|“The Hoarder” is an atmospheric, spooky, quirky read. In this case, quirky refers to a cantankerous old hoarder, a caregiver who sees saints everywhere, and a glamorous, neighborly transvestite investigator. Don’t expect all hearts and hugs. This isn’t that book. A mystery involving the death and disappearance of previous occupants of the house leads everyone into conflict. The writing is more literary fiction than mystery genre. The ending felt like a let down. Not because it was inappropriate but because I wasn’t ready for my time with these characters to come to an end.|
|India, Ethiopia, and America….you get a visceral sense of all of these places and the ways in which they connect and recede. Just as the characters in the book seem to bounce off of each other,changing each other and their fates. “Cutting for Stone” was a very atmospheric book with lots of history and medicine thrown in for good measure.|
Do you love to read stories to little ones? CNCAP and the Loup City Library would like to have volunteer community members read to the morning and afternoon preschool groups twice a month. If you are interested in participating, there will be an informational meeting next Tuesday at 12:00 at the library. Bring your lunch and enthusiasm!
Do you have a reluctant reader in your life? Someone who gets intimidated by all of the PRINT in chapter books? The following are a few books that deal with some heavier topics but do it in a succinct and powerful way that will have readers coming back for more!
- ” Inside Out & Back Again” by Thanhha Lai combines a “coming-of-age” tale with a refugee narrative. Following the Vietnam War, Ha and her family move to America leaving her father behind somewhere in Vietnam. This is a story of lost culture, country, and family and starting over in a new place with a different language. Heavy hitting topics combine with small doses of humor as in the following: “Mother has always wanted an engineer, a real doctor, a poet, and a lawyer. She turns to me. You love to argue, right? No, I don’t. She brightens. I vow to become much more agreeable.” Any child could relate to unwanted parental expectations! The Accelerated Reading level is 4.8 but it would be a great read for any student. –National Book Award Winner and Newbery Honor Book
- Reena’s parents both lose their jobs in the “big city” and on a whim the family decides to move to Maine where they have exotic animals like cows, pigs, and snakes. Luke and Reena will need every ounce of bravery they possess to figure out this new landscape and the freedoms and responsibilities it entails. This book deals with plenty of serious topics but without getting bogged down in emotional quagmires. A light-hearted romp through the countryside written in a sparse and quirky style. Check out “Moo” by Sharon Creech. This was recommended to me by Grace. She will make a fine literary critic some day. Reading Level=4.4.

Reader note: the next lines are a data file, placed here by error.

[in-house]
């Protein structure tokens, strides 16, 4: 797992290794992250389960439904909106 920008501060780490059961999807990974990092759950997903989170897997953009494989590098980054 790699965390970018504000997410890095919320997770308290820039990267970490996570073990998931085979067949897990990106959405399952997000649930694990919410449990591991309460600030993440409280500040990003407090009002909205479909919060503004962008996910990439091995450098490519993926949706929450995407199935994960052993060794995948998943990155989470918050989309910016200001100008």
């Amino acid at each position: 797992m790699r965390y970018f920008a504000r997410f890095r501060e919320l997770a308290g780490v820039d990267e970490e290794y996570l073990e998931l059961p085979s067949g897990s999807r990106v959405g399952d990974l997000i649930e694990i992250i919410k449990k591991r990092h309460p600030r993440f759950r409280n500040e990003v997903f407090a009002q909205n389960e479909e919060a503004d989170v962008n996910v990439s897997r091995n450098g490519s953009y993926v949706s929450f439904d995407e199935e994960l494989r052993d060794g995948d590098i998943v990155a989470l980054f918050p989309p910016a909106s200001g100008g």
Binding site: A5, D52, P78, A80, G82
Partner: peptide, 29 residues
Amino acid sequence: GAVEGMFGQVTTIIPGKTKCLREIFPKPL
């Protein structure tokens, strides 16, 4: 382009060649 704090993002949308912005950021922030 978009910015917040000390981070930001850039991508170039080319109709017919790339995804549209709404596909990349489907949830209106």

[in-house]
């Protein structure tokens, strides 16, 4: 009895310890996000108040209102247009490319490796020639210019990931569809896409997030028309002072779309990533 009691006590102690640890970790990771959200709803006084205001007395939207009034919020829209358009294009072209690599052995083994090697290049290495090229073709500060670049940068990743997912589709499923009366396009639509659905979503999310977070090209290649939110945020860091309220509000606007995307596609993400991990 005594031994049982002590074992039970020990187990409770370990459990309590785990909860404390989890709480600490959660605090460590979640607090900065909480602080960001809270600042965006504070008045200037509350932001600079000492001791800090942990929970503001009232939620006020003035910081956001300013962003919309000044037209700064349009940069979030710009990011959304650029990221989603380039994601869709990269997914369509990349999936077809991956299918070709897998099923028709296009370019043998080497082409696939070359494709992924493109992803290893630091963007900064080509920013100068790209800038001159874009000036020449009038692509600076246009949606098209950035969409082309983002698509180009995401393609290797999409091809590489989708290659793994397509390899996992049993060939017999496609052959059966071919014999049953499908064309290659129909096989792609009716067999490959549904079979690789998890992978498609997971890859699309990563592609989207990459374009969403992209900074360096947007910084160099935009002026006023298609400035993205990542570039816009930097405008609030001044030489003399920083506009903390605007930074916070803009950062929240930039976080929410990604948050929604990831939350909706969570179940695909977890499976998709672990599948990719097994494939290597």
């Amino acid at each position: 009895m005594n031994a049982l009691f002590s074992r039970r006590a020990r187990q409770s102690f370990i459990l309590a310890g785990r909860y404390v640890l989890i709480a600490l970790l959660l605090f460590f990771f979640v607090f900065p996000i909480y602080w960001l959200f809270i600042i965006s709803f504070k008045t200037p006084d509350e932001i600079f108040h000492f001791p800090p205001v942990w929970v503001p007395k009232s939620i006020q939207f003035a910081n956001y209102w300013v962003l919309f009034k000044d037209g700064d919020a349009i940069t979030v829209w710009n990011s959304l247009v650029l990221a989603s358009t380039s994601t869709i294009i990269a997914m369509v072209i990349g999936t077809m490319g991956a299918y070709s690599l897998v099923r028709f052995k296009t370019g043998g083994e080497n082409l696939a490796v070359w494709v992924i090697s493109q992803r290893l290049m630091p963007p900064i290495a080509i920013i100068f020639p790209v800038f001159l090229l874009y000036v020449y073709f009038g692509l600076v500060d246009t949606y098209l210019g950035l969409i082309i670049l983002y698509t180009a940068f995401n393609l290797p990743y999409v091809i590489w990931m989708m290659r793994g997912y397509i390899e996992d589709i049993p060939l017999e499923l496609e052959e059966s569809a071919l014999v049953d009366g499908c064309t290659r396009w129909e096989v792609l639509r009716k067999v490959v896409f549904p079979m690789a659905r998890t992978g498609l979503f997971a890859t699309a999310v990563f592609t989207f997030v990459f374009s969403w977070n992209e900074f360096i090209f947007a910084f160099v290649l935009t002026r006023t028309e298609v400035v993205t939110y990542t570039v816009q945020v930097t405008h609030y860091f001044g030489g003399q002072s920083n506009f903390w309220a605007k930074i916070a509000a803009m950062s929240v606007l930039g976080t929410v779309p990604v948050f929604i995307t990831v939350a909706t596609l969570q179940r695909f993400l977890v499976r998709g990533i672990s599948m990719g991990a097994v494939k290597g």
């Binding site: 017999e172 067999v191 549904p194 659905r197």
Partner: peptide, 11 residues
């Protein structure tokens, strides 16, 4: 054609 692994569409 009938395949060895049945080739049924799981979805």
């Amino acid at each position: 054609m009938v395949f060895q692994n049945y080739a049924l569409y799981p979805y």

- Racism, religion, and family dynamics meld together to form a lyrical coming-of-age story with dual 1960s North and South settings. Jacqueline Woodson’s “Brown Girl Dreaming” has been applauded by many. Reading Level=5.3. A great way to get the rhythm of the story down is to listen on Overdrive digital audio while you read the print version. (Overdrive/Libby apps are free and allow you to check out ebooks and audio downloads) –National book Award Winner and Newbery Honor Book
- His older brother was shot and killed last night. Now a young boy plans his revenge following a code he learned on the streets. He doesn’t know as he gets on the elevator how many people are willing to change his mind and show him the way. “Long Way Down” by Jason Reynolds is intense. Mrs. Francisco and I have a running debate regarding this book. Feel free to toss your hat in the ring (so to speak). Reynolds also has a series based on individual members of a track team which have received lots of good press from our patrons. Check out “Ghost”, “Sunny”, and “Patina”. Reading level=4.3 –Newbery Honor Book, Coretta Scott King Honor Book, Printz Honor Book
- A more mature book for the young adult reader, “A Little Piece of Sky” by Nicole Bailey-Williams, is a realistic and gritty portrait of inner city life. This isn’t a light, happy read by any means as the protagonist deals with abandonment, poverty, and grief. Trigger warnings for suicide and family violence. The reading level is rated at 5 but due to the subject matter, I would recommend to 8th and up.